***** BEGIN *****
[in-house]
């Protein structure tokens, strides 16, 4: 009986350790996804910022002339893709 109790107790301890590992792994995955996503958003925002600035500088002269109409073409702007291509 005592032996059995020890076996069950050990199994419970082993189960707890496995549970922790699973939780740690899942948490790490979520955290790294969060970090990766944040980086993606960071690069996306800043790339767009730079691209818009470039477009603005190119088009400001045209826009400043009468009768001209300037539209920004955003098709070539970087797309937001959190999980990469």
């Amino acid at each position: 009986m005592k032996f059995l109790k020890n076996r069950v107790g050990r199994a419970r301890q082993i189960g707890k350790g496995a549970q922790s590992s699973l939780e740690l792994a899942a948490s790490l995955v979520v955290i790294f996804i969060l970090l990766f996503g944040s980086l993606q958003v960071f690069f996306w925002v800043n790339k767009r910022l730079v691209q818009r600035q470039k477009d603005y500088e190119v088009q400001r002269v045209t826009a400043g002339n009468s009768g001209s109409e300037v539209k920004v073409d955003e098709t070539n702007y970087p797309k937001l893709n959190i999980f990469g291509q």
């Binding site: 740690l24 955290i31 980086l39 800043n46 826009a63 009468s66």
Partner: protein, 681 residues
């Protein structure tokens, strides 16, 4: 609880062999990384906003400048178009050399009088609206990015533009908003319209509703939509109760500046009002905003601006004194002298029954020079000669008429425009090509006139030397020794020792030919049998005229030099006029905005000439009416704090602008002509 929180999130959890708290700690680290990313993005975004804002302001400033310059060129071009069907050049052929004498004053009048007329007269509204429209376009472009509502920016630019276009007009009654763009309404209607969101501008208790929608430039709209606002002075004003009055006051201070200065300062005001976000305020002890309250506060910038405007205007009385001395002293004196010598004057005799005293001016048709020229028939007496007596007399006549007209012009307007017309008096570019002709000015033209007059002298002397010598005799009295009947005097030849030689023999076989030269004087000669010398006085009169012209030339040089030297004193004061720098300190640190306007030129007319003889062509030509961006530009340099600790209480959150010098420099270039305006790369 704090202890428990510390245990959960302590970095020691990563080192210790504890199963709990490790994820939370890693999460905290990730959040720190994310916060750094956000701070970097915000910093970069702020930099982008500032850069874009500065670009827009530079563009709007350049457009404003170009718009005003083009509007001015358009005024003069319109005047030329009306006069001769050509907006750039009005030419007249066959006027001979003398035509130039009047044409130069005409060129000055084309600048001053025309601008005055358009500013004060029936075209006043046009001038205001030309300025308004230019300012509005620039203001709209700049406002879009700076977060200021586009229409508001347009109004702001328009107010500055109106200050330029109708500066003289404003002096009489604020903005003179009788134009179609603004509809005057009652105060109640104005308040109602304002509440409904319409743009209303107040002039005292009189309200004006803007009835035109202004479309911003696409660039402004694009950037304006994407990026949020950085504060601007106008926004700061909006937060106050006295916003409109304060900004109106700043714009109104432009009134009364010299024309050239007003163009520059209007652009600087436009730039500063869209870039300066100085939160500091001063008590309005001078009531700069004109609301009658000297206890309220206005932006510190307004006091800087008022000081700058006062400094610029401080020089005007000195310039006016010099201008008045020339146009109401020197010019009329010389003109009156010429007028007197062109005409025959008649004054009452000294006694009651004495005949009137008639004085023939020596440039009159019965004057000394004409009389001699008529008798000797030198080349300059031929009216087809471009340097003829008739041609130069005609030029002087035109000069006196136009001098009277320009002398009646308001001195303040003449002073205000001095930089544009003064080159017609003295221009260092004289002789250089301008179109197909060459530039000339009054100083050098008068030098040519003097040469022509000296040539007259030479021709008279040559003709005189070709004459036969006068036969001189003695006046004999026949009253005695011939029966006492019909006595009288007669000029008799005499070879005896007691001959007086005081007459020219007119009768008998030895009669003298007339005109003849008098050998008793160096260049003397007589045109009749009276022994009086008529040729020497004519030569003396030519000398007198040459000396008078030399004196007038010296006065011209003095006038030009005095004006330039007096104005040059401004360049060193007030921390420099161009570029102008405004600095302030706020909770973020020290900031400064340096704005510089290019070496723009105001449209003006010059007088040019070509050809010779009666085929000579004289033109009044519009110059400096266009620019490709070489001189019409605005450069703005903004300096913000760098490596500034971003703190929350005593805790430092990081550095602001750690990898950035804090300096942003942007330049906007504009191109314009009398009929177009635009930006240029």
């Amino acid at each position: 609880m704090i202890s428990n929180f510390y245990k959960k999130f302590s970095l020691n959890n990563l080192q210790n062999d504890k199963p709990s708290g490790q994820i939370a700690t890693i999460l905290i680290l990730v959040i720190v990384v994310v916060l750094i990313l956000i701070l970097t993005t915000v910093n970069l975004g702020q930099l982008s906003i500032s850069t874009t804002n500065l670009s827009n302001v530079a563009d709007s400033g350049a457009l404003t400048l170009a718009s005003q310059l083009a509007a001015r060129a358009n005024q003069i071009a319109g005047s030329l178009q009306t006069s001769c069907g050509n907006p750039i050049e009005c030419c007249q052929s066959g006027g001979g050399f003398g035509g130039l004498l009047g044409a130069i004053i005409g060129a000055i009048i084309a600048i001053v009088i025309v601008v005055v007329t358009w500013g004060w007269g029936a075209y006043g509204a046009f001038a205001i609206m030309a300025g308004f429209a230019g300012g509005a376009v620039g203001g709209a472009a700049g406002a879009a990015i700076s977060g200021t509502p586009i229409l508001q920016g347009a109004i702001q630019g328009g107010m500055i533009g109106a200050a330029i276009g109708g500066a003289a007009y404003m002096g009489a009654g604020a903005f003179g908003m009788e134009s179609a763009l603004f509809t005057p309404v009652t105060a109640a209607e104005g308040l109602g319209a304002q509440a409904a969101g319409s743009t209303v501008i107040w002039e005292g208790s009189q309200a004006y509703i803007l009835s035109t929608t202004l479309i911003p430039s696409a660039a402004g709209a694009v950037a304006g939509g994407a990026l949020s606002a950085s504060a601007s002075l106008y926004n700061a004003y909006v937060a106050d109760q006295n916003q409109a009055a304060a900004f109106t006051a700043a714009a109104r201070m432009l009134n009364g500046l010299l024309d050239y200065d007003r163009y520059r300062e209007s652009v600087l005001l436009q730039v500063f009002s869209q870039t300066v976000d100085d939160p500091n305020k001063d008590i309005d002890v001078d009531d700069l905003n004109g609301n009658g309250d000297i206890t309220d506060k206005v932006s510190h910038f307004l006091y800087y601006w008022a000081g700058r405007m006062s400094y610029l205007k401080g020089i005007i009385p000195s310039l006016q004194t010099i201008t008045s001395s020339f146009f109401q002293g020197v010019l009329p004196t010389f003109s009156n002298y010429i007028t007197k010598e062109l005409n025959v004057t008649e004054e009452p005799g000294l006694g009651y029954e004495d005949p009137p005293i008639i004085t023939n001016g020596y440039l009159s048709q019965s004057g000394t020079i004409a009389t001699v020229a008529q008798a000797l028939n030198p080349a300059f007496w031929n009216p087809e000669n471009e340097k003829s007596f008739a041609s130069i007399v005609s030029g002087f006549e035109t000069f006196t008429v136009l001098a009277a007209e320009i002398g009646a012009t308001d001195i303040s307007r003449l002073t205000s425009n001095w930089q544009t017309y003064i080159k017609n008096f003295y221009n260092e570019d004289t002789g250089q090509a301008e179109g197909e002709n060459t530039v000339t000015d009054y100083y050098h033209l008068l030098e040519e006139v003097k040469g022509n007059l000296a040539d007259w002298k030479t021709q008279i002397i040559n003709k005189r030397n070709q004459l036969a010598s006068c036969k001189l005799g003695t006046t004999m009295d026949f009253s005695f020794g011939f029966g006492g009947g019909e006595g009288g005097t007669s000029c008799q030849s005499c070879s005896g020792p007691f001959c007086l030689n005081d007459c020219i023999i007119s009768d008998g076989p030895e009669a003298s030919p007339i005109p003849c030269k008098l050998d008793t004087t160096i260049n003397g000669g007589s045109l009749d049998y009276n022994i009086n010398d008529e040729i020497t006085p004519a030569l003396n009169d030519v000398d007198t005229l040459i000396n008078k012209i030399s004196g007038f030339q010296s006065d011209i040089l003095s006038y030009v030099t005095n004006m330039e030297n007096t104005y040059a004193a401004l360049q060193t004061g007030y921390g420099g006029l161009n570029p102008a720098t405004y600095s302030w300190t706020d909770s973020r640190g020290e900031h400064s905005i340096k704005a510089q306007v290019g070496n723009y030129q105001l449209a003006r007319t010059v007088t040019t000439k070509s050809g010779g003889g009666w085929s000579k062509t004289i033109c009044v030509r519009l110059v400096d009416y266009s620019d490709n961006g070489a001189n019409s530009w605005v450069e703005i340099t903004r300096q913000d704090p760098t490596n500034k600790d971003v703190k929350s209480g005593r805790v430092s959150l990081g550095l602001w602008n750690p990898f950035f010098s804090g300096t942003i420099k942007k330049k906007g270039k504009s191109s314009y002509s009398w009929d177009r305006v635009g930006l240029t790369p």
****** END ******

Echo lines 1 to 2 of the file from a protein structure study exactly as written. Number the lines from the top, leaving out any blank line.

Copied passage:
[in-house]
């Protein structure tokens, strides 16, 4: 009986350790996804910022002339893709 109790107790301890590992792994995955996503958003925002600035500088002269109409073409702007291509 005592032996059995020890076996069950050990199994419970082993189960707890496995549970922790699973939780740690899942948490790490979520955290790294969060970090990766944040980086993606960071690069996306800043790339767009730079691209818009470039477009603005190119088009400001045209826009400043009468009768001209300037539209920004955003098709070539970087797309937001959190999980990469």